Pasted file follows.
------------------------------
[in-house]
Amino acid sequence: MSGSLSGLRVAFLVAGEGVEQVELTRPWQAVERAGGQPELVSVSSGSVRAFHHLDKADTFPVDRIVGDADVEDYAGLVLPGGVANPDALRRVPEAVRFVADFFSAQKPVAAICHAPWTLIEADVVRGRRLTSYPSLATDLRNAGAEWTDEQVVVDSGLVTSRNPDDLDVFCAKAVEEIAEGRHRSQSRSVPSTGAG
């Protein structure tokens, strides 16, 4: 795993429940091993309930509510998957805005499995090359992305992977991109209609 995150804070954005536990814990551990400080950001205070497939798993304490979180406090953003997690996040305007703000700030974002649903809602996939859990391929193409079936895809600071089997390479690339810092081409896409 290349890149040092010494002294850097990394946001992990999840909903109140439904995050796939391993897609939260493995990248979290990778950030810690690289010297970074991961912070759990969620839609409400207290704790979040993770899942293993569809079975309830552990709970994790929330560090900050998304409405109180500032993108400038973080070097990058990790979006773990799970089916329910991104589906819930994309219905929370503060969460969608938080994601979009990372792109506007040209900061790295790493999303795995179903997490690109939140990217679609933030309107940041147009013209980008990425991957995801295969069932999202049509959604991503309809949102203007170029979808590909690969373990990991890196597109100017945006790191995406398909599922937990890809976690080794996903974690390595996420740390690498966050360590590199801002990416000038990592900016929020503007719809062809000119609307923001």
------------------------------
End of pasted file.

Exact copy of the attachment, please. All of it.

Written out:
[in-house]
Amino acid sequence: MSGSLSGLRVAFLVAGEGVEQVELTRPWQAVERAGGQPELVSVSSGSVRAFHHLDKADTFPVDRIVGDADVEDYAGLVLPGGVANPDALRRVPEAVRFVADFFSAQKPVAAICHAPWTLIEADVVRGRRLTSYPSLATDLRNAGAEWTDEQVVVDSGLVTSRNPDDLDVFCAKAVEEIAEGRHRSQSRSVPSTGAG
């Protein structure tokens, strides 16, 4: 795993429940091993309930509510998957805005499995090359992305992977991109209609 995150804070954005536990814990551990400080950001205070497939798993304490979180406090953003997690996040305007703000700030974002649903809602996939859990391929193409079936895809600071089997390479690339810092081409896409 290349890149040092010494002294850097990394946001992990999840909903109140439904995050796939391993897609939260493995990248979290990778950030810690690289010297970074991961912070759990969620839609409400207290704790979040993770899942293993569809079975309830552990709970994790929330560090900050998304409405109180500032993108400038973080070097990058990790979006773990799970089916329910991104589906819930994309219905929370503060969460969608938080994601979009990372792109506007040209900061790295790493999303795995179903997490690109939140990217679609933030309107940041147009013209980008990425991957995801295969069932999202049509959604991503309809949102203007170029979808590909690969373990990991890196597109100017945006790191995406398909599922937990890809976690080794996903974690390595996420740390690498966050360590590199801002990416000038990592900016929020503007719809062809000119609307923001």